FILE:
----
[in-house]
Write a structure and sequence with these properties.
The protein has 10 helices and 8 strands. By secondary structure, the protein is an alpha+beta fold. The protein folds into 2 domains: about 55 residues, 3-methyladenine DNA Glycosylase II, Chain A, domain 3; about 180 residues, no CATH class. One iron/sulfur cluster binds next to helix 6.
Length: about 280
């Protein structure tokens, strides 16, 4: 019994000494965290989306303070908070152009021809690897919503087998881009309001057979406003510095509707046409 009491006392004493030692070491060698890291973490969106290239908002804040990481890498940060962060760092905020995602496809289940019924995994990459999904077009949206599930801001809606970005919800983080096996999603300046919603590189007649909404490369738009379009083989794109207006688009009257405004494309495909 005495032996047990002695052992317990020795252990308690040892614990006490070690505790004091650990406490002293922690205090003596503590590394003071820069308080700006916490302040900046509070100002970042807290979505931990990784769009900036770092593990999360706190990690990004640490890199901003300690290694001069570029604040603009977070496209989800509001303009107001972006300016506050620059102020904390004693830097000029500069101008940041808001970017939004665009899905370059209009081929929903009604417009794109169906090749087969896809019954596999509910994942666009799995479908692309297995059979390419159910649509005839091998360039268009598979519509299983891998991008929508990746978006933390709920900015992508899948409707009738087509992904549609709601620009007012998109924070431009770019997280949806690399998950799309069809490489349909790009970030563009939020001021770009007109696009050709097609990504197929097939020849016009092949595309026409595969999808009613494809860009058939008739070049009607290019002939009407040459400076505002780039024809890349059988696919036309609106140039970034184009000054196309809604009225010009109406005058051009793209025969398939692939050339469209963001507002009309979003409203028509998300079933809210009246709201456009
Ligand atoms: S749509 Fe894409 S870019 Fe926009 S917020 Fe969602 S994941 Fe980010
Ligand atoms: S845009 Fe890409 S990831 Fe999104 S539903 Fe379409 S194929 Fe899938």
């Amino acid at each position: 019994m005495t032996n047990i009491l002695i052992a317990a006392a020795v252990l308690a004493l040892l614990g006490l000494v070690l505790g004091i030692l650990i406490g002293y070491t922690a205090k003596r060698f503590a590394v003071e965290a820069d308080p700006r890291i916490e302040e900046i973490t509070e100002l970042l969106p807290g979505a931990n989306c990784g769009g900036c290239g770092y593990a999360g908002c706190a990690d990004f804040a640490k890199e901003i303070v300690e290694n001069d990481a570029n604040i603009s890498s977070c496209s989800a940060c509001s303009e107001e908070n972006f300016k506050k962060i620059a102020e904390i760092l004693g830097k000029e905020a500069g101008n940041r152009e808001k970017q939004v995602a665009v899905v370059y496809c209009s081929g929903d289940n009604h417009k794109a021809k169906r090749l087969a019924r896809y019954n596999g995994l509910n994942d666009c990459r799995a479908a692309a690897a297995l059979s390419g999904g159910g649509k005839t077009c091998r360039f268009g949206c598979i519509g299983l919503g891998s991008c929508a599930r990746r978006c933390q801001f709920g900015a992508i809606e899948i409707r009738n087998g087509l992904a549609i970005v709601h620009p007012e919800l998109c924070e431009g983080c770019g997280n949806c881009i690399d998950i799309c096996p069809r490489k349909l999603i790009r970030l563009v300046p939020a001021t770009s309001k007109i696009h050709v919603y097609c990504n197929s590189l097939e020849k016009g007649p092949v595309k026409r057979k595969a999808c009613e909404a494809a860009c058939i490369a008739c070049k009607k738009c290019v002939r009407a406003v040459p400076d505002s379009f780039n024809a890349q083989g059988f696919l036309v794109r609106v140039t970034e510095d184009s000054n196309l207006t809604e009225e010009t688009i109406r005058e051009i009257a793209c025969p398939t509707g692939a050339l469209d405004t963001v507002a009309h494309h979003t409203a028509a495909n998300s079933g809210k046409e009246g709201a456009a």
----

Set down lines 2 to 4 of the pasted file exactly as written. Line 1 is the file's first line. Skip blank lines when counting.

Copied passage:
Write a structure and sequence with these properties.
The protein has 10 helices and 8 strands. By secondary structure, the protein is an alpha+beta fold. The protein folds into 2 domains: about 55 residues, 3-methyladenine DNA Glycosylase II, Chain A, domain 3; about 180 residues, no CATH class. One iron/sulfur cluster binds next to helix 6.
Length: about 280